What is Extension?
Michigan State University (MSU) Extension helps people improve their lives by bringing the vast knowledge resources of MSU directly to individuals, communities and businesses. For more than 100 years, MSU Extension has helped grow Michigan’s economy by equipping Michigan residents with the information that they need to do their jobs better, raise healthy and safe families, build their communities and empower our children to dream of a successful future.
For more information about what we offer in the classroom and by request, explore the MSU Extension Catalog of Programs and Services, which features programming in Agriculture, Business & Community, Family, Food & Health, Lawn & Garden, Natural Resources and 4-H & Youth.
What we do
With a presence in every Michigan county, Extension faculty and staff members provide tools to live and work better. From a personal meeting to information online, MSU Extension educators work every day to provide the most current information when people need it to ensure success – in the workplace, at home and in the community.
Whether it’s helping grow Michigan’s agriculture economy, capturing opportunities that use our natural resources in a sustainable way, controlling health care costs by giving individuals the information they need to manage chronic illness or preparing tomorrow’s leaders, MSU Extension is creating opportunities and building communities that make Michigan strong, prosperous and a great place to live.
The Legislative Report contains stories on the latest developments in MSU Extension and MSU AgBioResearch, including scientific research, key programs, community outreach and how each organization has had a positive impact on Michigan residents.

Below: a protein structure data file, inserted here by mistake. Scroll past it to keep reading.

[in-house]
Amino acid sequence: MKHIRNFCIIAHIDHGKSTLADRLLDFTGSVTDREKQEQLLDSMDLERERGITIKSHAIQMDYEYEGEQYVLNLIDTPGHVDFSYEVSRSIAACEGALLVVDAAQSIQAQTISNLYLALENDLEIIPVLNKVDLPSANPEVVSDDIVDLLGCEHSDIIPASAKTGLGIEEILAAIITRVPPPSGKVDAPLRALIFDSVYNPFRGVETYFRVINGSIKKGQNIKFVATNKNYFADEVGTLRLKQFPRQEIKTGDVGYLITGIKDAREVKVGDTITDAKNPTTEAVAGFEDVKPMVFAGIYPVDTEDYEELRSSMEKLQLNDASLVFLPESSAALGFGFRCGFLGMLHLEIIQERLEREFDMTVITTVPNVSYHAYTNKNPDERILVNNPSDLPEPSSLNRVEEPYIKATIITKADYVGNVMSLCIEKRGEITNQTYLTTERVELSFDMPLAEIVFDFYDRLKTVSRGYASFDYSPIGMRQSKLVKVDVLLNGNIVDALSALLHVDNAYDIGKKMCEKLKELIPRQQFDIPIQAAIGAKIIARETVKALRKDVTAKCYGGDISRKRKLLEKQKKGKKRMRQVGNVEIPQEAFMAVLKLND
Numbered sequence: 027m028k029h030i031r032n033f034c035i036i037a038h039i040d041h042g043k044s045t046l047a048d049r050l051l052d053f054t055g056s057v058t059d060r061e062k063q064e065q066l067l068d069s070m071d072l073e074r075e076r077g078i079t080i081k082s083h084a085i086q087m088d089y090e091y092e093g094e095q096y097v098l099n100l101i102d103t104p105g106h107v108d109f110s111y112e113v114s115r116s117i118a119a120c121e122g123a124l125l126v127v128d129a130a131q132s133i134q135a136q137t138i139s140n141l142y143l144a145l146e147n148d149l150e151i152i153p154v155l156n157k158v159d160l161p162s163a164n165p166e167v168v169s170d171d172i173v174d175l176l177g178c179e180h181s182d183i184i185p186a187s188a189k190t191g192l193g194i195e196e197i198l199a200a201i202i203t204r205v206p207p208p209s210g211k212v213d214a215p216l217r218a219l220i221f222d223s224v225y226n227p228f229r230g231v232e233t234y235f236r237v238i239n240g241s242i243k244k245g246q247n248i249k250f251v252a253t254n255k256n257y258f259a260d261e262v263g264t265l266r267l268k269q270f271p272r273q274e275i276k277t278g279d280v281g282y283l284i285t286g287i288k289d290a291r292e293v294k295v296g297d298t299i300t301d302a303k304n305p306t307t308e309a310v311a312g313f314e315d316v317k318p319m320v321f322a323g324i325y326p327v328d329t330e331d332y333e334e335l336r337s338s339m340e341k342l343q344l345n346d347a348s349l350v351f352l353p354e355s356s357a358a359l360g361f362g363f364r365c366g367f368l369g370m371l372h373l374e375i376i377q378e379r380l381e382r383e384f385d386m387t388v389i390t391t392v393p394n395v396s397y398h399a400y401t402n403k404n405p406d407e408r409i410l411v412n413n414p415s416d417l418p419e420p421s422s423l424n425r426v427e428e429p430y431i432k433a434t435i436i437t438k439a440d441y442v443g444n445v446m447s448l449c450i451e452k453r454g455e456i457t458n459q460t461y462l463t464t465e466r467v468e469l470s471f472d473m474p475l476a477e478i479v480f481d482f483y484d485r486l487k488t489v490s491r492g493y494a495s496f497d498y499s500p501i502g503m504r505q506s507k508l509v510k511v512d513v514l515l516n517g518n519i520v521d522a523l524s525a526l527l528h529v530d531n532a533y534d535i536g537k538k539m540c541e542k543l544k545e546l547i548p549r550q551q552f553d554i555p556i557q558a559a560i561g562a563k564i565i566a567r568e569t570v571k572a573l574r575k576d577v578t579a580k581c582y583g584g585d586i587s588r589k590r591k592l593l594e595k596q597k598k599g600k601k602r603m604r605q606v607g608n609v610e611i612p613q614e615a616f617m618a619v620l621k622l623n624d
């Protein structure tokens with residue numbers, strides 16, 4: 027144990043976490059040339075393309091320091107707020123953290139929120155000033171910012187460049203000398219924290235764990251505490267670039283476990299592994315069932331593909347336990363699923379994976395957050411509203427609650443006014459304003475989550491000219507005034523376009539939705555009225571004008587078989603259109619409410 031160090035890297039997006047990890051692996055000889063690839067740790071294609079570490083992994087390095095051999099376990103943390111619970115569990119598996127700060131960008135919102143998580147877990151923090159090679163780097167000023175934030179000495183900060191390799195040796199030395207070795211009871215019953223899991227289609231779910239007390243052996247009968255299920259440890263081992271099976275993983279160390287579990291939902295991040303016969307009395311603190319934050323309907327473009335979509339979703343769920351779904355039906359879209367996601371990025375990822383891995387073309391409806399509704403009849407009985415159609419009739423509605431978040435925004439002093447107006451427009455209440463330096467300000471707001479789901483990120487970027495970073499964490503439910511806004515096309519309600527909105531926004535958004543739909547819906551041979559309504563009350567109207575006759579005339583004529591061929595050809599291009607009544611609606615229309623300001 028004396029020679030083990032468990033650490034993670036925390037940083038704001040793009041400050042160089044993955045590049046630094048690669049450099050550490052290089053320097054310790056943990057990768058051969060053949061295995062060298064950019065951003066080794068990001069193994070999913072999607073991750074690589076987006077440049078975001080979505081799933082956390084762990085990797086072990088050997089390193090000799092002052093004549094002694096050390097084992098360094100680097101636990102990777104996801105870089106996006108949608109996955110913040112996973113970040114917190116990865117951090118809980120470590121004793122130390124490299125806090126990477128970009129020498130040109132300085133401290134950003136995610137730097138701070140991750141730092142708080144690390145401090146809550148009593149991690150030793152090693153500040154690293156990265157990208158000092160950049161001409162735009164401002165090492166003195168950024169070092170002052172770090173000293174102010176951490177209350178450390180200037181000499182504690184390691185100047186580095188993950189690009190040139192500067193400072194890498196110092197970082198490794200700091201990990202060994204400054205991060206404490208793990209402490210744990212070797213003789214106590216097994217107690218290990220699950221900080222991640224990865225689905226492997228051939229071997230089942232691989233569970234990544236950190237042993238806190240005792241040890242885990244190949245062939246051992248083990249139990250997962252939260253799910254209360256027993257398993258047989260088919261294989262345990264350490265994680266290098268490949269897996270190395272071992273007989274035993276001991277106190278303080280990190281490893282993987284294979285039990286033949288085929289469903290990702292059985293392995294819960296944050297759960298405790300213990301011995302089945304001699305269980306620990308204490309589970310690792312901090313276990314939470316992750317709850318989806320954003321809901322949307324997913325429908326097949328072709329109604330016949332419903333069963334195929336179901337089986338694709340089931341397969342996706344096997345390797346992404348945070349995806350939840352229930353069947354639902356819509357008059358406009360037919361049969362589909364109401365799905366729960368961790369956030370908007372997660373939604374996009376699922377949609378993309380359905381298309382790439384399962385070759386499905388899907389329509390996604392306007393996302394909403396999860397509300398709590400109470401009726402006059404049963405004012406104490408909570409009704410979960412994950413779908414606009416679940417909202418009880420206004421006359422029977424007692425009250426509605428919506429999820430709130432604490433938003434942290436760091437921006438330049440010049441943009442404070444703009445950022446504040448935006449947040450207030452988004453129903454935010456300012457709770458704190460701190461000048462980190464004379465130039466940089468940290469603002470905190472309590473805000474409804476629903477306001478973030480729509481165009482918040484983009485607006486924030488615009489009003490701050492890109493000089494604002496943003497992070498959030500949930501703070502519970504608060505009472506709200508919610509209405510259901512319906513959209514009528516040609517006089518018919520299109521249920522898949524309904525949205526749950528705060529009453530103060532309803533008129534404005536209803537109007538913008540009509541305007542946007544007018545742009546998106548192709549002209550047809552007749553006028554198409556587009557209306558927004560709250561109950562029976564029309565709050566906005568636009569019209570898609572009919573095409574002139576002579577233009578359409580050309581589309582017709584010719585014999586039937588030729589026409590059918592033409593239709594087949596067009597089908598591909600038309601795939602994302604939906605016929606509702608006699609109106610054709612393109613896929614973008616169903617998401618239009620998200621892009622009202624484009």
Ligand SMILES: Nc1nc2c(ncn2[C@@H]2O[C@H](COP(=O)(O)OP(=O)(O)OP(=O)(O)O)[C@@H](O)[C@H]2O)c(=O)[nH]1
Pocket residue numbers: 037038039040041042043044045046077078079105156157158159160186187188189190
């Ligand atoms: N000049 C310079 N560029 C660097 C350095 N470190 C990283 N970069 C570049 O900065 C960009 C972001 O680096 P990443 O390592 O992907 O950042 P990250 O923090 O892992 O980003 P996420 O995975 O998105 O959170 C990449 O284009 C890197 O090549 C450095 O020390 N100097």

Michigan Extension work began before the organization was officially organized. The Michigan State College's (now MSU) first livestock field agent was hired in 1907. In 1912, the Michigan Legislature authorized county boards of supervisors to appropriate funds and levy taxes to further teaching and demonstrations in Extension work. Eleven agricultural agents were named that year. In 1914, Congress passed the Smith-Lever Act, which created the Cooperative Extension System and directed the nation’s land grant universities to oversee its work.
With the passage of the Smith-Lever Act, the first statewide home economics and 4-H youth Extension workers were appointed; county home economics agents were appointed beginning in 1915. In the early years of Extension, "demonstration agents" showed or demonstrated new farming or homemaking techniques. Today, Extension agents use a wide variety of information systems to deliver educational information.
Michigan State University Extension helps people improve their lives through an educational process that applies knowledge to critical issues, needs and opportunities.